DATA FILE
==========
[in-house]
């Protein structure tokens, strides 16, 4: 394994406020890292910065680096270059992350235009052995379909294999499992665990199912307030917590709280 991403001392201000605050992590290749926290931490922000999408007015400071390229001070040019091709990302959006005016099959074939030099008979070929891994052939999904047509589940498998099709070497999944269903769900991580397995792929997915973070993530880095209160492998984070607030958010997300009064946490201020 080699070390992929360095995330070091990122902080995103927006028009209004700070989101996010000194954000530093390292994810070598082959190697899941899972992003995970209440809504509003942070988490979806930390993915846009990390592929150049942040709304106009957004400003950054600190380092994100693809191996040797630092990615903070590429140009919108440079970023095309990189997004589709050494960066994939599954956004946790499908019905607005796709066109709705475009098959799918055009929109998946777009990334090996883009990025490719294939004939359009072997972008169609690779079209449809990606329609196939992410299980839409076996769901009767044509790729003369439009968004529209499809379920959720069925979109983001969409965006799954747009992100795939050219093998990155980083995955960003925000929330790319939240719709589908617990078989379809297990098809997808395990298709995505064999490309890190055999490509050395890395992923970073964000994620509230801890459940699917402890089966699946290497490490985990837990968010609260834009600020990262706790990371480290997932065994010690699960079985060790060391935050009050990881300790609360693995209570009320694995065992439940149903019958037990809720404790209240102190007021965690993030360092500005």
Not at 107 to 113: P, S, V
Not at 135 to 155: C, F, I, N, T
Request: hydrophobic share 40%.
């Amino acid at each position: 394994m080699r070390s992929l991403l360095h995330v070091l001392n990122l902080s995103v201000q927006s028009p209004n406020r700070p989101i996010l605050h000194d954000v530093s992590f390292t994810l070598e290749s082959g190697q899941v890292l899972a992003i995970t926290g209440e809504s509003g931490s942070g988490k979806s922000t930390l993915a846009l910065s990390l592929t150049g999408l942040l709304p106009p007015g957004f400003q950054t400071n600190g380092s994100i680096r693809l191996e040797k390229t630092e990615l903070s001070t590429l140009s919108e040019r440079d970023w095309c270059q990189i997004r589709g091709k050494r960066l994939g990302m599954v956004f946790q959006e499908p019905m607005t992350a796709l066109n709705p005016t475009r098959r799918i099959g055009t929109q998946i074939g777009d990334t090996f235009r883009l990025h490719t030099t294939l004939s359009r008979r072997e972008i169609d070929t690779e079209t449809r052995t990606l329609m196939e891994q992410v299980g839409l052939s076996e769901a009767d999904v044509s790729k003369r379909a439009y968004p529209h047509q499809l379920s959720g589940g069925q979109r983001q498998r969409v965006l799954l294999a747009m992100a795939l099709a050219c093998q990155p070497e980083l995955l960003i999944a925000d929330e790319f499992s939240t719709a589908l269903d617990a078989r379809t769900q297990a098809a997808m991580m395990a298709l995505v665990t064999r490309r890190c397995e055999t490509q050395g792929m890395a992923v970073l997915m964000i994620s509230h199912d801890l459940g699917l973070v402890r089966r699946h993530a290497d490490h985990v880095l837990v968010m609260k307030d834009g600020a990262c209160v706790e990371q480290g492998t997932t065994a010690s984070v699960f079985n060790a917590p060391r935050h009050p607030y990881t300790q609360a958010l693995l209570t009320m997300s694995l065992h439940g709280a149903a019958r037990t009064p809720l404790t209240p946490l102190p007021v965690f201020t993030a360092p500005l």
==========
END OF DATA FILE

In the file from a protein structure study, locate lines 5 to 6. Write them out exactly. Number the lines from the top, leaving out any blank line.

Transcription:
Request: hydrophobic share 40%.
């Amino acid at each position: 394994m080699r070390s992929l991403l360095h995330v070091l001392n990122l902080s995103v201000q927006s028009p209004n406020r700070p989101i996010l605050h000194d954000v530093s992590f390292t994810l070598e290749s082959g190697q899941v890292l899972a992003i995970t926290g209440e809504s509003g931490s942070g988490k979806s922000t930390l993915a846009l910065s990390l592929t150049g999408l942040l709304p106009p007015g957004f400003q950054t400071n600190g380092s994100i680096r693809l191996e040797k390229t630092e990615l903070s001070t590429l140009s919108e040019r440079d970023w095309c270059q990189i997004r589709g091709k050494r960066l994939g990302m599954v956004f946790q959006e499908p019905m607005t992350a796709l066109n709705p005016t475009r098959r799918i099959g055009t929109q998946i074939g777009d990334t090996f235009r883009l990025h490719t030099t294939l004939s359009r008979r072997e972008i169609d070929t690779e079209t449809r052995t990606l329609m196939e891994q992410v299980g839409l052939s076996e769901a009767d999904v044509s790729k003369r379909a439009y968004p529209h047509q499809l379920s959720g589940g069925q979109r983001q498998r969409v965006l799954l294999a747009m992100a795939l099709a050219c093998q990155p070497e980083l995955l960003i999944a925000d929330e790319f499992s939240t719709a589908l269903d617990a078989r379809t769900q297990a098809a997808m991580m395990a298709l995505v665990t064999r490309r890190c397995e055999t490509q050395g792929m890395a992923v970073l997915m964000i994620s509230h199912d801890l459940g699917l973070v402890r089966r699946h993530a290497d490490h985990v880095l837990v968010m609260k307030d834009g600020a990262c209160v706790e990371q480290g492998t997932t065994a010690s984070v699960f079985n060790a917590p060391r935050h009050p607030y990881t300790q609360a958010l693995l209570t009320m997300s694995l065992h439940g709280a149903a019958r037990t009064p809720l404790t209240p946490l102190p007021v965690f201020t993030a360092p500005l």